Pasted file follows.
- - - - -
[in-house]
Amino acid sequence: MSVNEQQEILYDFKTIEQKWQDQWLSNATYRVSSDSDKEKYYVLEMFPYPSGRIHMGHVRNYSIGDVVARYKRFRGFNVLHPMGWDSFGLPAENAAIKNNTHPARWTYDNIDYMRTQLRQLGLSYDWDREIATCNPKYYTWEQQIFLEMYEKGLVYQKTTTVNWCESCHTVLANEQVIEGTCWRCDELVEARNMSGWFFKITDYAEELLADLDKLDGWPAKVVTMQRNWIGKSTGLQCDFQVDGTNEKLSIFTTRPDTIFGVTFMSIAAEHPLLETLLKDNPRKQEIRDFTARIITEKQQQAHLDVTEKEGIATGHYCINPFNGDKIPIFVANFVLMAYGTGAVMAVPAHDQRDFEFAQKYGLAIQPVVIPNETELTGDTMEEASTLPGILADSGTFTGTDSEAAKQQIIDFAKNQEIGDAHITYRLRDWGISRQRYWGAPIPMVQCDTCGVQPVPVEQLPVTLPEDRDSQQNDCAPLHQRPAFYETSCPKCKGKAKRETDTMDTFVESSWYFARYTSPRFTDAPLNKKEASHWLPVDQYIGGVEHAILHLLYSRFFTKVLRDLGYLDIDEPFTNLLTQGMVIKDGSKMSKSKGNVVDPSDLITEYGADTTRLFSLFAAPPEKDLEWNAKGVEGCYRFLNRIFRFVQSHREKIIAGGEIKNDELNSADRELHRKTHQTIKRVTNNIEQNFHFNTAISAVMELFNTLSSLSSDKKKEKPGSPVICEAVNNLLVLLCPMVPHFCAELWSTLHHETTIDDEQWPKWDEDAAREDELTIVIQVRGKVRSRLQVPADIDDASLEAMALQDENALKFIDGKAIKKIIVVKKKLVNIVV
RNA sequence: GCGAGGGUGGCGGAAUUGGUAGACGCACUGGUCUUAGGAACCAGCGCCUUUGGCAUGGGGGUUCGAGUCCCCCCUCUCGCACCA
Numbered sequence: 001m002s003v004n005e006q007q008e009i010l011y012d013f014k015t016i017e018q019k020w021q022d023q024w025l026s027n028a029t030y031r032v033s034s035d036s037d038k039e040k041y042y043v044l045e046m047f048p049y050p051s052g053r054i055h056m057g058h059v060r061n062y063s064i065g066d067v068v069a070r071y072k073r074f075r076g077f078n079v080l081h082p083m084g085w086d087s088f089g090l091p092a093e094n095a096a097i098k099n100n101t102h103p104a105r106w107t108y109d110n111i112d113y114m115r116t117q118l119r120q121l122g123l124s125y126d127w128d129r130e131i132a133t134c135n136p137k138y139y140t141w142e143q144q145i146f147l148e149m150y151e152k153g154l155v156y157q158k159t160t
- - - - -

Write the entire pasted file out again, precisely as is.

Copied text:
[in-house]
Amino acid sequence: MSVNEQQEILYDFKTIEQKWQDQWLSNATYRVSSDSDKEKYYVLEMFPYPSGRIHMGHVRNYSIGDVVARYKRFRGFNVLHPMGWDSFGLPAENAAIKNNTHPARWTYDNIDYMRTQLRQLGLSYDWDREIATCNPKYYTWEQQIFLEMYEKGLVYQKTTTVNWCESCHTVLANEQVIEGTCWRCDELVEARNMSGWFFKITDYAEELLADLDKLDGWPAKVVTMQRNWIGKSTGLQCDFQVDGTNEKLSIFTTRPDTIFGVTFMSIAAEHPLLETLLKDNPRKQEIRDFTARIITEKQQQAHLDVTEKEGIATGHYCINPFNGDKIPIFVANFVLMAYGTGAVMAVPAHDQRDFEFAQKYGLAIQPVVIPNETELTGDTMEEASTLPGILADSGTFTGTDSEAAKQQIIDFAKNQEIGDAHITYRLRDWGISRQRYWGAPIPMVQCDTCGVQPVPVEQLPVTLPEDRDSQQNDCAPLHQRPAFYETSCPKCKGKAKRETDTMDTFVESSWYFARYTSPRFTDAPLNKKEASHWLPVDQYIGGVEHAILHLLYSRFFTKVLRDLGYLDIDEPFTNLLTQGMVIKDGSKMSKSKGNVVDPSDLITEYGADTTRLFSLFAAPPEKDLEWNAKGVEGCYRFLNRIFRFVQSHREKIIAGGEIKNDELNSADRELHRKTHQTIKRVTNNIEQNFHFNTAISAVMELFNTLSSLSSDKKKEKPGSPVICEAVNNLLVLLCPMVPHFCAELWSTLHHETTIDDEQWPKWDEDAAREDELTIVIQVRGKVRSRLQVPADIDDASLEAMALQDENALKFIDGKAIKKIIVVKKKLVNIVV
RNA sequence: GCGAGGGUGGCGGAAUUGGUAGACGCACUGGUCUUAGGAACCAGCGCCUUUGGCAUGGGGGUUCGAGUCCCCCCUCUCGCACCA
Numbered sequence: 001m002s003v004n005e006q007q008e009i010l011y012d013f014k015t016i017e018q019k020w021q022d023q024w025l026s027n028a029t030y031r032v033s034s035d036s037d038k039e040k041y042y043v044l045e046m047f048p049y050p051s052g053r054i055h056m057g058h059v060r061n062y063s064i065g066d067v068v069a070r071y072k073r074f075r076g077f078n079v080l081h082p083m084g085w086d087s088f089g090l091p092a093e094n095a096a097i098k099n100n101t102h103p104a105r106w107t108y109d110n111i112d113y114m115r116t117q118l119r120q121l122g123l124s125y126d127w128d129r130e131i132a133t134c135n136p137k138y139y140t141w142e143q144q145i146f147l148e149m150y151e152k153g154l155v156y157q158k159t160t